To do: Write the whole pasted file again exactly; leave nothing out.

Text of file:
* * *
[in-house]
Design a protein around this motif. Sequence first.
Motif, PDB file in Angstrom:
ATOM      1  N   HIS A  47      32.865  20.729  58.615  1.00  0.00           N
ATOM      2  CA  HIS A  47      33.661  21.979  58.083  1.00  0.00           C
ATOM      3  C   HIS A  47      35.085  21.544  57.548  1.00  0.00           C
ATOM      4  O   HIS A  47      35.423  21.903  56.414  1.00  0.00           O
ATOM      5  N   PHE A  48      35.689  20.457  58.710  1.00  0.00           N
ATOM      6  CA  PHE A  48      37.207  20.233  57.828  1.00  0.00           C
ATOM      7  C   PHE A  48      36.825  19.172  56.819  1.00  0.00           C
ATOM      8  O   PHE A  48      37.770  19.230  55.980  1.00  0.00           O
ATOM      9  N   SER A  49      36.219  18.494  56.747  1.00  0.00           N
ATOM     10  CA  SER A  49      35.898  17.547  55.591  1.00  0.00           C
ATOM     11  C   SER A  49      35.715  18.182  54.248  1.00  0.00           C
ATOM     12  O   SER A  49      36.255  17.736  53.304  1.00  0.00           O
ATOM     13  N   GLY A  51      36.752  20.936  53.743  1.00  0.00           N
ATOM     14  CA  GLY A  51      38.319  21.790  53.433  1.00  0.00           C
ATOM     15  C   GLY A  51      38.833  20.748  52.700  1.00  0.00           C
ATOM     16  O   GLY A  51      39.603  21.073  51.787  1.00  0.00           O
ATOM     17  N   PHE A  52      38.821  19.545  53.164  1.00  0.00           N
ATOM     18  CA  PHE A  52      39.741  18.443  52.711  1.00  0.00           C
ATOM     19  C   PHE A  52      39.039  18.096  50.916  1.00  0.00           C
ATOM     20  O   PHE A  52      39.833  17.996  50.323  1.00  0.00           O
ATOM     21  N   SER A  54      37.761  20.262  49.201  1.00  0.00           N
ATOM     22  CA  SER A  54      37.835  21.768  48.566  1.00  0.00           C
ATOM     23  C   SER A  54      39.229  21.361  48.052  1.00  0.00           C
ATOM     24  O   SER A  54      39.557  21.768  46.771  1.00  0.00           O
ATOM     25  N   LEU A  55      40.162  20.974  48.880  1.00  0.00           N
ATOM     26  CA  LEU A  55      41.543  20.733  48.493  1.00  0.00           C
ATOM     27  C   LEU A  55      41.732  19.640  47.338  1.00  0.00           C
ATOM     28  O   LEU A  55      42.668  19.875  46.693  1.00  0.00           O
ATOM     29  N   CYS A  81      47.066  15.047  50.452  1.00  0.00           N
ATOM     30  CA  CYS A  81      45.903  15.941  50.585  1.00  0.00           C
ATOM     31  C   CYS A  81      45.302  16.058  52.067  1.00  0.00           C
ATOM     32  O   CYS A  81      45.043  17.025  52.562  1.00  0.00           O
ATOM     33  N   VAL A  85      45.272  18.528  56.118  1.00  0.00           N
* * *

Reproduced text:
[in-house]
Design a protein around this motif. Sequence first.
Motif, PDB file in Angstrom:
ATOM      1  N   HIS A  47      32.865  20.729  58.615  1.00  0.00           N
ATOM      2  CA  HIS A  47      33.661  21.979  58.083  1.00  0.00           C
ATOM      3  C   HIS A  47      35.085  21.544  57.548  1.00  0.00           C
ATOM      4  O   HIS A  47      35.423  21.903  56.414  1.00  0.00           O
ATOM      5  N   PHE A  48      35.689  20.457  58.710  1.00  0.00           N
ATOM      6  CA  PHE A  48      37.207  20.233  57.828  1.00  0.00           C
ATOM      7  C   PHE A  48      36.825  19.172  56.819  1.00  0.00           C
ATOM      8  O   PHE A  48      37.770  19.230  55.980  1.00  0.00           O
ATOM      9  N   SER A  49      36.219  18.494  56.747  1.00  0.00           N
ATOM     10  CA  SER A  49      35.898  17.547  55.591  1.00  0.00           C
ATOM     11  C   SER A  49      35.715  18.182  54.248  1.00  0.00           C
ATOM     12  O   SER A  49      36.255  17.736  53.304  1.00  0.00           O
ATOM     13  N   GLY A  51      36.752  20.936  53.743  1.00  0.00           N
ATOM     14  CA  GLY A  51      38.319  21.790  53.433  1.00  0.00           C
ATOM     15  C   GLY A  51      38.833  20.748  52.700  1.00  0.00           C
ATOM     16  O   GLY A  51      39.603  21.073  51.787  1.00  0.00           O
ATOM     17  N   PHE A  52      38.821  19.545  53.164  1.00  0.00           N
ATOM     18  CA  PHE A  52      39.741  18.443  52.711  1.00  0.00           C
ATOM     19  C   PHE A  52      39.039  18.096  50.916  1.00  0.00           C
ATOM     20  O   PHE A  52      39.833  17.996  50.323  1.00  0.00           O
ATOM     21  N   SER A  54      37.761  20.262  49.201  1.00  0.00           N
ATOM     22  CA  SER A  54      37.835  21.768  48.566  1.00  0.00           C
ATOM     23  C   SER A  54      39.229  21.361  48.052  1.00  0.00           C
ATOM     24  O   SER A  54      39.557  21.768  46.771  1.00  0.00           O
ATOM     25  N   LEU A  55      40.162  20.974  48.880  1.00  0.00           N
ATOM     26  CA  LEU A  55      41.543  20.733  48.493  1.00  0.00           C
ATOM     27  C   LEU A  55      41.732  19.640  47.338  1.00  0.00           C
ATOM     28  O   LEU A  55      42.668  19.875  46.693  1.00  0.00           O
ATOM     29  N   CYS A  81      47.066  15.047  50.452  1.00  0.00           N
ATOM     30  CA  CYS A  81      45.903  15.941  50.585  1.00  0.00           C
ATOM     31  C   CYS A  81      45.302  16.058  52.067  1.00  0.00           C
ATOM     32  O   CYS A  81      45.043  17.025  52.562  1.00  0.00           O
ATOM     33  N   VAL A  85      45.272  18.528  56.118  1.00  0.00           N